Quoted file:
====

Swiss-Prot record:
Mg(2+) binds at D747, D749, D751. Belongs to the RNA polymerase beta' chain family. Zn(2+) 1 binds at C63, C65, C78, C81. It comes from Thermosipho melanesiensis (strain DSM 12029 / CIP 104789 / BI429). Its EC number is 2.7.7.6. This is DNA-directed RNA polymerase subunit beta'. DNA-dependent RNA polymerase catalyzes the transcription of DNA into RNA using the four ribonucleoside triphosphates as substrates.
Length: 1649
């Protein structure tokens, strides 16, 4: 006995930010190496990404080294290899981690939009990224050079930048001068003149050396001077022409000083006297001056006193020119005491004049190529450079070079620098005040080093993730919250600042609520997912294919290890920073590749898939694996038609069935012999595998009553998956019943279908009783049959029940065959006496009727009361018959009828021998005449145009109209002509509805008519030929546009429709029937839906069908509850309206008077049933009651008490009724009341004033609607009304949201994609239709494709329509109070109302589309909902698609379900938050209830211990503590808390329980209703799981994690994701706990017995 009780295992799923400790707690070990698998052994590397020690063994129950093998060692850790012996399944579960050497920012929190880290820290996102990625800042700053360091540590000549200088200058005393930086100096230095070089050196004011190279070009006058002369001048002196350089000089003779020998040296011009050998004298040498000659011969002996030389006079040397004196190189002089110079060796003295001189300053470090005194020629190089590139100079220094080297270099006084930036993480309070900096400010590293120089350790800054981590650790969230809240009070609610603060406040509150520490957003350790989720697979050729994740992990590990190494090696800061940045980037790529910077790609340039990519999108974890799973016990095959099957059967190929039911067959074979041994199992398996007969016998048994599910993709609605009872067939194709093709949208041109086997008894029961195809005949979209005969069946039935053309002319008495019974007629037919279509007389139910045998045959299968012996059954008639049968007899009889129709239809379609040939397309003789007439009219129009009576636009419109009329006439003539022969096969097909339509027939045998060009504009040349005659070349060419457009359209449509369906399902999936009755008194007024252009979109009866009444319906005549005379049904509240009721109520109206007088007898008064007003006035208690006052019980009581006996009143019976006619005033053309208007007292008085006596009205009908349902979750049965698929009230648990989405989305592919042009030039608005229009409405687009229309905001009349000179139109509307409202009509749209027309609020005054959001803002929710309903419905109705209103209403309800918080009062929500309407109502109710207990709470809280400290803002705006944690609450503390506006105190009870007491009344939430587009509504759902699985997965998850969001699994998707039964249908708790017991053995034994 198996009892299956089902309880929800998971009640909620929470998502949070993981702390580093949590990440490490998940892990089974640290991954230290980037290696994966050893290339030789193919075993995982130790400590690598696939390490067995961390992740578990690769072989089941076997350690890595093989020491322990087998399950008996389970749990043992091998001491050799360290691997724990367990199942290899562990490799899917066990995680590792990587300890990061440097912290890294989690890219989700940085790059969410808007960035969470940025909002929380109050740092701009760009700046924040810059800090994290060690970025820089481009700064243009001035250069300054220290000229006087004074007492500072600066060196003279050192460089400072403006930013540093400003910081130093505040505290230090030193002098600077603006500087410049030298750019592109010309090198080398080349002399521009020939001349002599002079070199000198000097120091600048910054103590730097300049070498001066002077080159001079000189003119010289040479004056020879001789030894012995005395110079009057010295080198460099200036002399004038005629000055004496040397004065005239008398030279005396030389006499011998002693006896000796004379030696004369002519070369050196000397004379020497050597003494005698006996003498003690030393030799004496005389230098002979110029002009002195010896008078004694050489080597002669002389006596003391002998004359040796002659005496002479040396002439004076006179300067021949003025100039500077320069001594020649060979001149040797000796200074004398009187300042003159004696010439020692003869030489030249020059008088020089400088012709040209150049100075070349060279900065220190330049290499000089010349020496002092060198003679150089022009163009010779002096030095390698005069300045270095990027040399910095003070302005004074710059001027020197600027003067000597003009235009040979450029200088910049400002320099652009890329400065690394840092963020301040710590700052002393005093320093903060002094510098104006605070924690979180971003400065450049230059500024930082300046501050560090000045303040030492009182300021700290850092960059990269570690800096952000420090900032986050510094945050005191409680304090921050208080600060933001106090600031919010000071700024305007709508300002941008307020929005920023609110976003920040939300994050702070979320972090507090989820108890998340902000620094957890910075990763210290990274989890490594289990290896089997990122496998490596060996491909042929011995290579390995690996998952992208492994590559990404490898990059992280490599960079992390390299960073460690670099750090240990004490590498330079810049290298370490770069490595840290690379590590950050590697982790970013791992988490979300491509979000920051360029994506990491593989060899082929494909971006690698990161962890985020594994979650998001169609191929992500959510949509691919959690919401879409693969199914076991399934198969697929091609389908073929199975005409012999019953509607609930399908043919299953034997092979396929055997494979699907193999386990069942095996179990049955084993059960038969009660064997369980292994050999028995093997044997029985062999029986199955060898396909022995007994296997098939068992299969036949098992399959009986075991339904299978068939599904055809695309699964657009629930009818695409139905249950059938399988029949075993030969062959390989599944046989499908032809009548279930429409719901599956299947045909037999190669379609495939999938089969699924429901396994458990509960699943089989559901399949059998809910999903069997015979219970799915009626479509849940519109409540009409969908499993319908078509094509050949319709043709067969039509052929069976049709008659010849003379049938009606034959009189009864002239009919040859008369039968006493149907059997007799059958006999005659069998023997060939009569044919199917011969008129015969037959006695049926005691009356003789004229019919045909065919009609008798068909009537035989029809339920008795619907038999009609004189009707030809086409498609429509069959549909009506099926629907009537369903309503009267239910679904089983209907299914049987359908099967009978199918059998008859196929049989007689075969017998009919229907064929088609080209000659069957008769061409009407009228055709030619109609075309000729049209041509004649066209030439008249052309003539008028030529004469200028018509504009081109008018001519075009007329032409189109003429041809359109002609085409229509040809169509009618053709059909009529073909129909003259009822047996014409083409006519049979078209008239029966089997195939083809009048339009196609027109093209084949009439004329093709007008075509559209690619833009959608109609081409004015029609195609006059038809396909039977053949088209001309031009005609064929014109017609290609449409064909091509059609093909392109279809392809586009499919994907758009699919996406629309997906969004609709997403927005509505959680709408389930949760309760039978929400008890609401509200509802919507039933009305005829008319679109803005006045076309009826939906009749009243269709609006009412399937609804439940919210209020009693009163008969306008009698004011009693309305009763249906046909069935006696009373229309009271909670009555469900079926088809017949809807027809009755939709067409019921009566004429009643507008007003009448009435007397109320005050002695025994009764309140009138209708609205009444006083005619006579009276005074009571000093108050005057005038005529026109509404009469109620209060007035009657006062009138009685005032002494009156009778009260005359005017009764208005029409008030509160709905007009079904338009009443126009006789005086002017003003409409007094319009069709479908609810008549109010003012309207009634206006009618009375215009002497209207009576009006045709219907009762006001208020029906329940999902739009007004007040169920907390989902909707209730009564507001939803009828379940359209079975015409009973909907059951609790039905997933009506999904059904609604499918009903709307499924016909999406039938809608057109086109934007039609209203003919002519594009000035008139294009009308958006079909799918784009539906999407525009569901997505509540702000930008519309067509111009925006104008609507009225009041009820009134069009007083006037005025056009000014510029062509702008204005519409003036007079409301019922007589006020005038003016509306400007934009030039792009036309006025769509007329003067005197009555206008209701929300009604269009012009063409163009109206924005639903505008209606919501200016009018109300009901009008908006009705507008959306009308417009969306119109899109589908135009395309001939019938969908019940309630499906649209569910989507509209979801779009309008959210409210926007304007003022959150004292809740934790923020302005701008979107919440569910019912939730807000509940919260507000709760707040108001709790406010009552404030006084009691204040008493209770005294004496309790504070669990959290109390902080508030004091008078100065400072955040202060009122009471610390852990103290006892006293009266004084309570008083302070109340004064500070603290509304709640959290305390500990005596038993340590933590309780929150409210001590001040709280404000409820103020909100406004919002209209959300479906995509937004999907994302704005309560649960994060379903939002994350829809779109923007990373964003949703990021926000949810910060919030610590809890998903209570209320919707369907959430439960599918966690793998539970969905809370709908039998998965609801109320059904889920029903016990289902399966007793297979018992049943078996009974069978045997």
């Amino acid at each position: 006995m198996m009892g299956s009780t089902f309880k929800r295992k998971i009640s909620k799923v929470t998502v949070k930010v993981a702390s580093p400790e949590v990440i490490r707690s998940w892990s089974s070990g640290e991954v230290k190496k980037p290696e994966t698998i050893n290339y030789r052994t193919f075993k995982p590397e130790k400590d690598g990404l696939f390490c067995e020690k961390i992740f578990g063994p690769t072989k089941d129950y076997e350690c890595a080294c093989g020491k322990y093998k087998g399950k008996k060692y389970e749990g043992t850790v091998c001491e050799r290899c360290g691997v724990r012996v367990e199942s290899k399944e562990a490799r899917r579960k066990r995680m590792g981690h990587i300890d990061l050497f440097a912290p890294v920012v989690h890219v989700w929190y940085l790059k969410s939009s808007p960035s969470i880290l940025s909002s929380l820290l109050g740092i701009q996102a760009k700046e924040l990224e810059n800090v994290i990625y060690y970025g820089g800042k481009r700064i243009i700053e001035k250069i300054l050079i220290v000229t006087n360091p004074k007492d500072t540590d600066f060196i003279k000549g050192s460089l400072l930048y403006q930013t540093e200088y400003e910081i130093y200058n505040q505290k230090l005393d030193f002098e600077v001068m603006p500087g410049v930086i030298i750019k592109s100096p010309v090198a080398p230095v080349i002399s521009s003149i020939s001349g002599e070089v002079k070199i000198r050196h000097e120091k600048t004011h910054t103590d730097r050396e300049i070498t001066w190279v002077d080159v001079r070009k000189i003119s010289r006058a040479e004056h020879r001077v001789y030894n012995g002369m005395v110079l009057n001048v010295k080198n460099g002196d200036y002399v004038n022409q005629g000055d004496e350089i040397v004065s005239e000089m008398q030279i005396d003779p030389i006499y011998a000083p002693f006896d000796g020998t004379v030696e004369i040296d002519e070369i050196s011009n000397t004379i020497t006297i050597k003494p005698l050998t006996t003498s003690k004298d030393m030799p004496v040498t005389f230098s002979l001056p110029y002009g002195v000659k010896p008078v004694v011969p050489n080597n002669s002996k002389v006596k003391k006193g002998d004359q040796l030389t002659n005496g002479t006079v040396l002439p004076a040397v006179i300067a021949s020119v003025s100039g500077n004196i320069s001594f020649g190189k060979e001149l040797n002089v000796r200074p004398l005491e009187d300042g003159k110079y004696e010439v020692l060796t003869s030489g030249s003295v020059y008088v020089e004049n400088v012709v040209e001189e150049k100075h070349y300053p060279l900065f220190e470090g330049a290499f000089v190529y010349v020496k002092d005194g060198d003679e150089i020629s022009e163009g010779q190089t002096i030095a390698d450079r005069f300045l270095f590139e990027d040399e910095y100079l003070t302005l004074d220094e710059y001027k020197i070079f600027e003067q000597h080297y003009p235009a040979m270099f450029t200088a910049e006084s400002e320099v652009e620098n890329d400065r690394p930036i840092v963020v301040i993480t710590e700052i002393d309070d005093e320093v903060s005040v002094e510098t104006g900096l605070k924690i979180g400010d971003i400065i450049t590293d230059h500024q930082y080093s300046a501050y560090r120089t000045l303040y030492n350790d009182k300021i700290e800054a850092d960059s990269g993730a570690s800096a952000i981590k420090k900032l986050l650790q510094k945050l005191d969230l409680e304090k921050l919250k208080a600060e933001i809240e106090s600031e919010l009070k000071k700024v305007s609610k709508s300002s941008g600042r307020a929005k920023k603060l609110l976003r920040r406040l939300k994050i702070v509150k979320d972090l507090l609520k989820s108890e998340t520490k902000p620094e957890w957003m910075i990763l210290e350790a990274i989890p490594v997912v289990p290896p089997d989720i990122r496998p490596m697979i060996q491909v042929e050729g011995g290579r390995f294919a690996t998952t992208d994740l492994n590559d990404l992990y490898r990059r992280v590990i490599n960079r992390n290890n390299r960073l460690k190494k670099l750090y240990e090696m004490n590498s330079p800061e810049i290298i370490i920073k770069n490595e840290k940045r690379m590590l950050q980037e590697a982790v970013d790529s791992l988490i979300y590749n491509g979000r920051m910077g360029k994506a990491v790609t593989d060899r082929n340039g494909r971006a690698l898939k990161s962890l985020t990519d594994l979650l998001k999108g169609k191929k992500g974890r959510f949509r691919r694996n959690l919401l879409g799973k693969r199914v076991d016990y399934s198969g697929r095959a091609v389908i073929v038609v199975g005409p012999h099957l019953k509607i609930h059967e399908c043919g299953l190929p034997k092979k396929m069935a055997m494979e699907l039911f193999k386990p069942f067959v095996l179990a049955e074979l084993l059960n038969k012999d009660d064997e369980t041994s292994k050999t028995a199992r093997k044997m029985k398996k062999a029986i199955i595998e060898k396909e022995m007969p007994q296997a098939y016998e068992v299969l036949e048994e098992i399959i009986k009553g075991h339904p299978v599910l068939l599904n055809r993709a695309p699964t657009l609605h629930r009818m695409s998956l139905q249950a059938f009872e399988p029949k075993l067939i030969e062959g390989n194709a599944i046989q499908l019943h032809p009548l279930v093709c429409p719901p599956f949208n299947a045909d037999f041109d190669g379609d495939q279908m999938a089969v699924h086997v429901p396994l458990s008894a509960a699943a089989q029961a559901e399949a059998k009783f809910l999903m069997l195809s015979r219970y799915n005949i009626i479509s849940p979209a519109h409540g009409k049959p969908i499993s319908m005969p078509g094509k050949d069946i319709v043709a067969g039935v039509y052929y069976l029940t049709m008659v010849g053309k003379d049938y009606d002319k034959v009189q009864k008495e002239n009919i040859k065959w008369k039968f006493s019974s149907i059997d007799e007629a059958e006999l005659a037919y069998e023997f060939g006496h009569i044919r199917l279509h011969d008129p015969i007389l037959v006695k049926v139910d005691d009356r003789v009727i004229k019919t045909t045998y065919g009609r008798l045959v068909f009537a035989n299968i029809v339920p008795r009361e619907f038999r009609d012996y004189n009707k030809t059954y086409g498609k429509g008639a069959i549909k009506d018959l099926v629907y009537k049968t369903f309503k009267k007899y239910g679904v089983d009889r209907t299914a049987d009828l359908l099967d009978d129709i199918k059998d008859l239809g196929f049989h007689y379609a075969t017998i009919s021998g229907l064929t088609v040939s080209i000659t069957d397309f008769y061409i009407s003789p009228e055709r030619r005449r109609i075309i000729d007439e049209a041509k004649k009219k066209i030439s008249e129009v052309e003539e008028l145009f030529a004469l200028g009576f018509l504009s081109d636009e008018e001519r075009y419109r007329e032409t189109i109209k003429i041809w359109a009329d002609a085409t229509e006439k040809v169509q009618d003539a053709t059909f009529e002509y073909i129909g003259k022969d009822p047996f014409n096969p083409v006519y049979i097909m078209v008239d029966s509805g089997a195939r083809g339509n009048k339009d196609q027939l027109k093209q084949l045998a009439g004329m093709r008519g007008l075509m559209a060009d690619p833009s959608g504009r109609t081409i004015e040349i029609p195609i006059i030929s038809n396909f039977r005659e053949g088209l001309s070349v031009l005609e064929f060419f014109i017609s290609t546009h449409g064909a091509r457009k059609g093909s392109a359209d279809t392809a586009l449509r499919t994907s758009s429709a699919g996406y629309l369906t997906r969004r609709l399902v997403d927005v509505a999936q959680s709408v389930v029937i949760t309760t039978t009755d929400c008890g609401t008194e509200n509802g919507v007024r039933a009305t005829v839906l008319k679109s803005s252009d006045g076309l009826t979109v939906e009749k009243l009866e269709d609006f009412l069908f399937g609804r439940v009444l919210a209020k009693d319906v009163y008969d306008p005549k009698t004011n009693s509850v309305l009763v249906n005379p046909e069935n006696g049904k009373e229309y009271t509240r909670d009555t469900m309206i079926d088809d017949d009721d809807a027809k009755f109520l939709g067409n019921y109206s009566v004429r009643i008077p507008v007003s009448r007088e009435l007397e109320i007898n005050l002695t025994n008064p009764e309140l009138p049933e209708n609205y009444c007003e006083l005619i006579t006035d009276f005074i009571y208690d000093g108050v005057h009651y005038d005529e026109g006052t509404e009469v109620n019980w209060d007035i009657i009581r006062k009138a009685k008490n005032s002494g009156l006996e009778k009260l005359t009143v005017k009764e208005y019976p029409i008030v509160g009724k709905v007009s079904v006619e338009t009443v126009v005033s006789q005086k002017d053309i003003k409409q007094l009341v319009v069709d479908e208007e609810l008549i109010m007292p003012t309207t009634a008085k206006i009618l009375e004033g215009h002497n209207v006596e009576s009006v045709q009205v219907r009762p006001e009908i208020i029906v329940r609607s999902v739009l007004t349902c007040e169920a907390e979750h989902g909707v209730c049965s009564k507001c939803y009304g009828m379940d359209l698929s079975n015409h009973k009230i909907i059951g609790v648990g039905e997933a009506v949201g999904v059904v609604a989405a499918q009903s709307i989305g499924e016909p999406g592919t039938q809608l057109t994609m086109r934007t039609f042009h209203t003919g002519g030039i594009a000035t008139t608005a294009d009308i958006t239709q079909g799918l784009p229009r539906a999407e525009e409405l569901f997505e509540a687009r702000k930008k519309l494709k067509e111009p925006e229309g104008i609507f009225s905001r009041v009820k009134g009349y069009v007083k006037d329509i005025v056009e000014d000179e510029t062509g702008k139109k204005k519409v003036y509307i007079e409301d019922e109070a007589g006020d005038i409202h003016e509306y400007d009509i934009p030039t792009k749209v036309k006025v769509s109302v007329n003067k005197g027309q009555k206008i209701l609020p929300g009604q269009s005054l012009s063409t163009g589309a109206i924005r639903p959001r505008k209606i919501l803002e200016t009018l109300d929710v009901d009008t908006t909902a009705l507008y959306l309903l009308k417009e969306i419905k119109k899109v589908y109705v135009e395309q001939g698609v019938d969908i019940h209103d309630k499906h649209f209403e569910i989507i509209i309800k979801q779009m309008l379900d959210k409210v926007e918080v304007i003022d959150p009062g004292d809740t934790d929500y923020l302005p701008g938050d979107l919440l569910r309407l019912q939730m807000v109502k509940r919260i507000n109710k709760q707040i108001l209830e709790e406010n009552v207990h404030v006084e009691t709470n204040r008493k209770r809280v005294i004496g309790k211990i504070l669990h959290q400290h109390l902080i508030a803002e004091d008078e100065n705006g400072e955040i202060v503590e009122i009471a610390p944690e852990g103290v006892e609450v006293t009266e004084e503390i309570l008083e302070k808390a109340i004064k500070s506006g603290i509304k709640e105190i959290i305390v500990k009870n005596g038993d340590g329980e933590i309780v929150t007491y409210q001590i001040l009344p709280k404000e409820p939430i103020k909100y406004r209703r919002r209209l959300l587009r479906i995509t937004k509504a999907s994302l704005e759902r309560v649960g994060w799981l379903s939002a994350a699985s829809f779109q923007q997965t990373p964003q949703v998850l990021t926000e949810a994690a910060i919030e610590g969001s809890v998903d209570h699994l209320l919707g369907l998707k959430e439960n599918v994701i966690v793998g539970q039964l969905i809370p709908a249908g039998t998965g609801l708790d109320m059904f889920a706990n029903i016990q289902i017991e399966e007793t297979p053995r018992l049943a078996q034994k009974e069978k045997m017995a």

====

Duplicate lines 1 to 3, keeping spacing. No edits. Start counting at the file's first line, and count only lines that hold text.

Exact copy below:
Swiss-Prot record:
Mg(2+) binds at D747, D749, D751. Belongs to the RNA polymerase beta' chain family. Zn(2+) 1 binds at C63, C65, C78, C81. It comes from Thermosipho melanesiensis (strain DSM 12029 / CIP 104789 / BI429). Its EC number is 2.7.7.6. This is DNA-directed RNA polymerase subunit beta'. DNA-dependent RNA polymerase catalyzes the transcription of DNA into RNA using the four ribonucleoside triphosphates as substrates.
Length: 1649